A bicolor cat or piebald cat has white fur combined with fur of some other color, for example black or tabby. There are various patterns of bicolor cat. These range from Van pattern (color on the crown of the head and the tail only) through to solid color with a throat locket.
Where there is low-to-medium grade white spotting limited to the face, paws, throat and chest of an otherwise black cat, they are known in the United States as a tuxedo cat. High-grade bicolor results in Van-pattern cats. There are many patterns between, such as “cap-and-saddle”, “mask-and-mantle” and “magpie” (more randomly splashed). Bicolors are found in many breeds, as well as being common in domestic longhair cats and domestic shorthair cats.
Solid color bicolor cats occur because there is a white spotting gene present along with a recessive allele of the agouti gene, which evens out the usual striped pattern of the colors of the coat. In contrast, tabby cats have an agouti gene that produces striping of the coat. The Abyssinian has agouti (ticked tabby) fur, giving the appearance of even color with color-banded hairs.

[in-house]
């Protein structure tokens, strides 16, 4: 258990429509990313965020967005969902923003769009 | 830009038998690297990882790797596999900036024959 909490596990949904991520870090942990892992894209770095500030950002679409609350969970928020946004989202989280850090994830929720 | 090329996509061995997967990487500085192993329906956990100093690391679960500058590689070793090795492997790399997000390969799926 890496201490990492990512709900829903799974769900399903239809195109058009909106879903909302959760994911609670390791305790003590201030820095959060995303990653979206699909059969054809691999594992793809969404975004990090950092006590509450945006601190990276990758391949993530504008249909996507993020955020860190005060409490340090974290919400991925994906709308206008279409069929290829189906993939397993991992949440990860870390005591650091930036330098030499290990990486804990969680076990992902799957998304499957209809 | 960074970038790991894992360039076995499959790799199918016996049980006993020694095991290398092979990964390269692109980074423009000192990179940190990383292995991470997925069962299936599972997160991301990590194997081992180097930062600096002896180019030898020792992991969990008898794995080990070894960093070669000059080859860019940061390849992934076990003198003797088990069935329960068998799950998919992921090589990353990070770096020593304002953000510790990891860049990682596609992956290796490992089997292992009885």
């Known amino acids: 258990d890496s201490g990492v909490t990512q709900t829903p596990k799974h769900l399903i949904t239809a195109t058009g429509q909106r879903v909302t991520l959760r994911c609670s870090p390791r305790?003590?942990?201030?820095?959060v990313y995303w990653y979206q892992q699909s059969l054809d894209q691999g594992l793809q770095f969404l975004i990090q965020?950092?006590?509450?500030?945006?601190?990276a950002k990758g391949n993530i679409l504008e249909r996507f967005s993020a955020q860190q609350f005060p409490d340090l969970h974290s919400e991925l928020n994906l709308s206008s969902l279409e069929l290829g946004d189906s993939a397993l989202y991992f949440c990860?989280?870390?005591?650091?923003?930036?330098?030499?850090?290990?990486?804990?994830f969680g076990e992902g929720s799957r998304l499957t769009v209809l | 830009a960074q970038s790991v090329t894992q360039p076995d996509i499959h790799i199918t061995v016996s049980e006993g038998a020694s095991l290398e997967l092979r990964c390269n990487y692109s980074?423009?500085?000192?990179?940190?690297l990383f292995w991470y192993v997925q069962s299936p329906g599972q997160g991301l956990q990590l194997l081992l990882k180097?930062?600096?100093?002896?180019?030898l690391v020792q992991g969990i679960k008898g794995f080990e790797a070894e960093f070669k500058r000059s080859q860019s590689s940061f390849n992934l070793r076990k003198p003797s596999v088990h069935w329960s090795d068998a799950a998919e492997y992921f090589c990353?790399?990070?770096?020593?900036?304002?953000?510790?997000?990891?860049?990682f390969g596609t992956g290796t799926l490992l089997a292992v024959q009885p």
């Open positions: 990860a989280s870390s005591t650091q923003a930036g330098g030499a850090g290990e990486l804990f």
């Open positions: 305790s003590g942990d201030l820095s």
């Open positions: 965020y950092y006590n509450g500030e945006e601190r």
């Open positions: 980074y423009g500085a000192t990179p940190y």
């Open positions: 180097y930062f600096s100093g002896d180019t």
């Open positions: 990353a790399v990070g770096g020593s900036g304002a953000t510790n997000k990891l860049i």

White spotting can also occur with any of the tabby patterns, resulting in tabby-and-white bicolors. Colorpoint (Himalayan pattern) cats can have bicolor points, although this variation is not recognized for showing. The body markings of bicolor colorpoints become clearer with age, as the body fur of colorpoint cats darkens as the cats grow older and the white patches become more visible.